Pwani University recently celebrated open access week. Open access week is a global event, now in its 8th year and its main object is to promote open access as a new norm in scholarship and research. The library hosted the colorful event which was held on 21st -24th October, 2014. It was a joyful moment and the library wishes to thank all who visited and/or participated in the event. The event was sponsored International Network for the Availability of Scientific Publications (INASP). The library thanks PU management for the support given. Because of the many questions asked during the event, we have prepared a list of FAQs below.
Open Access FAQs
What does the term Open Access mean?
- “Open Access” is a term commonly used for a movement that promotes free availability and unrestricted use of research and scholarship.
- Open-access (OA) literature is digital, online, free of charge to the reader, and free of most copyright and licensing restrictions, so there are no price barriers and no permission barriers.
Why would an author be interested in pursuing an open access channel for publication?
- It benefits authors by making your work easily accessible and therefore more likely to be read and cited by people who do not have access via personal or institutional subscriptions to journals
- It benefits society by making research available to all, and is not dependent on the ability to subscribe to the journal or pay or download particular papers
- It makes notoriously elusive items such as some conference papers and posters, unpublished works and out of print items easy to obtain.
- It benefits the University by publicizing its research
I want to publish my paper in the open access journal, how can I find the relevant journal?
The Directory of Open Access Journals provides the author service: go and search or browse by journal title or by subject open access & hybrid journals to find where to publish your research as open access. You can search and browse all the journals, or only the journals that don’t charge publication fee.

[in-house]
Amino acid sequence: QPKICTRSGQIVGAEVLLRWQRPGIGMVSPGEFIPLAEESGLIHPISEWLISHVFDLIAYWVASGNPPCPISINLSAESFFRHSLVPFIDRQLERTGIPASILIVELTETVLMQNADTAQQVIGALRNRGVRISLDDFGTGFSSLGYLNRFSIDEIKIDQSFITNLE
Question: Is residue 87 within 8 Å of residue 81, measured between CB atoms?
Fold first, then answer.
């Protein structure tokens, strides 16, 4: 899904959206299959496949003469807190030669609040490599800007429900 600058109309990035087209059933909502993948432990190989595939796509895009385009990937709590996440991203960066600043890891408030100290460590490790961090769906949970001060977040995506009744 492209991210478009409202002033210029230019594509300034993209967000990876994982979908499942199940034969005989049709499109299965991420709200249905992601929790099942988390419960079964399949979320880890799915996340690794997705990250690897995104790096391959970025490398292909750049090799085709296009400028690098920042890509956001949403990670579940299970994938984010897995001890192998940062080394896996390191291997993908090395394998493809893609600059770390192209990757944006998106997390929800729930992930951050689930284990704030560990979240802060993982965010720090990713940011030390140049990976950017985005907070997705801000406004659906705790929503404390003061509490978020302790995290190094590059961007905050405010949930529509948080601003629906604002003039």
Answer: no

Is open access compatible with copyright?
Copyright law gives the copyright holder the right to make access open or restricted, open access seek to put copyright in the hands of authors or institutions that will consent to make access open.
Open access journals will either let authors retain copyright or ask authors to transfer copyright to the publisher. In either case, the copyright holder will consent to open access for the published work. When the publisher holds the copyright, it will consent to open access directly. When authors hold the copyright, they will insure open access by signing a license to the publisher authorizing open access. Publishers of open access journals will have such licenses already prepared for authors.
Is open access compatible with high standards and high quality?
Completely. The short answer is that the same factors that create high standards and high quality in traditional scholarly publications can be brought to bear, with the same effects, on open access literature. The long answer depends on whether we are talking about open access journals or open access repositories.
Open access journals. The quality of scholarly journals is a function of the quality of their editors, editorial boards, and referees, which in turn affect the quality of the authors who submit articles to them. Open access journals can have exactly the same quality controls working for them that traditional journals have. The main reason is that the people involved in the editorial process, and the standards they use, do not depend on the medium (print or electronic) or the cost (priced or free) of the publication. This is clearest in the case when the very same people who edit print or limited access journals also edit open access journals, either because their journal appears in two versions or because they resigned from a journal that didn’t support open access and created a new open access journal to serve the same scholarly community.
Open access repositories. Scholars self-archive either unrefereed preprints or refereed postprints. Let’s take these in order.
- By calling preprints “unrefereed” we mean, of course, that they are not yet peer-reviewed. Their quality has not been tested or endorsed by others in the field. But this is because they are unrefereed preprints, not because an open access repository gives open access to them. As long as they are labelled as preprints, there is no misleading of readers and no dilution of the body of refereed or peer-reviewed literature.
- Refereed postprints have been peer-reviewed by journals. The standards by which they have been judged and recommended are those of journals in the field, and these standards do not depend on a journal’s medium (print or electronic) or cost (priced or free). The quality of the articles endorsed by these standards depends entirely on these standards, not on the fact that an open access repository provides open access to them.